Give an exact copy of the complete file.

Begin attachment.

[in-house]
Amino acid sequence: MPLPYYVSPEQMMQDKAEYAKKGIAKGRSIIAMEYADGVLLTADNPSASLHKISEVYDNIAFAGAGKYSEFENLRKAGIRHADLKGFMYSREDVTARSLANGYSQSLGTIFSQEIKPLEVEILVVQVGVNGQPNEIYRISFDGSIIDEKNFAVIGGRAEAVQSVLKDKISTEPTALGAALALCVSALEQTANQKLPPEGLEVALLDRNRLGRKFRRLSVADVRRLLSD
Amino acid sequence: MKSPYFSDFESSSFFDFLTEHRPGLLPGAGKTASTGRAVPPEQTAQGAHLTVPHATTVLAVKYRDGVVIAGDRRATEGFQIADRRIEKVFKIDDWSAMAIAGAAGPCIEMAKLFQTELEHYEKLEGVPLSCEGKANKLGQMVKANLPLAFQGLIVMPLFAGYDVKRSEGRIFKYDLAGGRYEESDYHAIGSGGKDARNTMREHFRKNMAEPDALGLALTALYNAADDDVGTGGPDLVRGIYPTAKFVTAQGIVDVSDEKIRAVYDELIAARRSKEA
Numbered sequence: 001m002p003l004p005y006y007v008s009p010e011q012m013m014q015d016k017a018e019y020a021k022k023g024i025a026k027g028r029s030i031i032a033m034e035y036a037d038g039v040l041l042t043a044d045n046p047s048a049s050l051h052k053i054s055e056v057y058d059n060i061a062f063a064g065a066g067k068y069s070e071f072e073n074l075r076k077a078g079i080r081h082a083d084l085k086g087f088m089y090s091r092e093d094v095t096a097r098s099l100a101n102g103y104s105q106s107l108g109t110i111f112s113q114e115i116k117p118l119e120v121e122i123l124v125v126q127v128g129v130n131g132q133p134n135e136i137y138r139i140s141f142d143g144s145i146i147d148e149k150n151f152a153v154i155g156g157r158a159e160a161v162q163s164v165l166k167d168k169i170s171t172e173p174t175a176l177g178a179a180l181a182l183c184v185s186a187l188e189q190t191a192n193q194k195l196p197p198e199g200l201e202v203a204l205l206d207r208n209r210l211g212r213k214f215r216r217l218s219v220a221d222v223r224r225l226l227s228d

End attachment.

[in-house]
Amino acid sequence: MPLPYYVSPEQMMQDKAEYAKKGIAKGRSIIAMEYADGVLLTADNPSASLHKISEVYDNIAFAGAGKYSEFENLRKAGIRHADLKGFMYSREDVTARSLANGYSQSLGTIFSQEIKPLEVEILVVQVGVNGQPNEIYRISFDGSIIDEKNFAVIGGRAEAVQSVLKDKISTEPTALGAALALCVSALEQTANQKLPPEGLEVALLDRNRLGRKFRRLSVADVRRLLSD
Amino acid sequence: MKSPYFSDFESSSFFDFLTEHRPGLLPGAGKTASTGRAVPPEQTAQGAHLTVPHATTVLAVKYRDGVVIAGDRRATEGFQIADRRIEKVFKIDDWSAMAIAGAAGPCIEMAKLFQTELEHYEKLEGVPLSCEGKANKLGQMVKANLPLAFQGLIVMPLFAGYDVKRSEGRIFKYDLAGGRYEESDYHAIGSGGKDARNTMREHFRKNMAEPDALGLALTALYNAADDDVGTGGPDLVRGIYPTAKFVTAQGIVDVSDEKIRAVYDELIAARRSKEA
Numbered sequence: 001m002p003l004p005y006y007v008s009p010e011q012m013m014q015d016k017a018e019y020a021k022k023g024i025a026k027g028r029s030i031i032a033m034e035y036a037d038g039v040l041l042t043a044d045n046p047s048a049s050l051h052k053i054s055e056v057y058d059n060i061a062f063a064g065a066g067k068y069s070e071f072e073n074l075r076k077a078g079i080r081h082a083d084l085k086g087f088m089y090s091r092e093d094v095t096a097r098s099l100a101n102g103y104s105q106s107l108g109t110i111f112s113q114e115i116k117p118l119e120v121e122i123l124v125v126q127v128g129v130n131g132q133p134n135e136i137y138r139i140s141f142d143g144s145i146i147d148e149k150n151f152a153v154i155g156g157r158a159e160a161v162q163s164v165l166k167d168k169i170s171t172e173p174t175a176l177g178a179a180l181a182l183c184v185s186a187l188e189q190t191a192n193q194k195l196p197p198e199g200l201e202v203a204l205l206d207r208n209r210l211g212r213k214f215r216r217l218s219v220a221d222v223r224r225l226l227s228d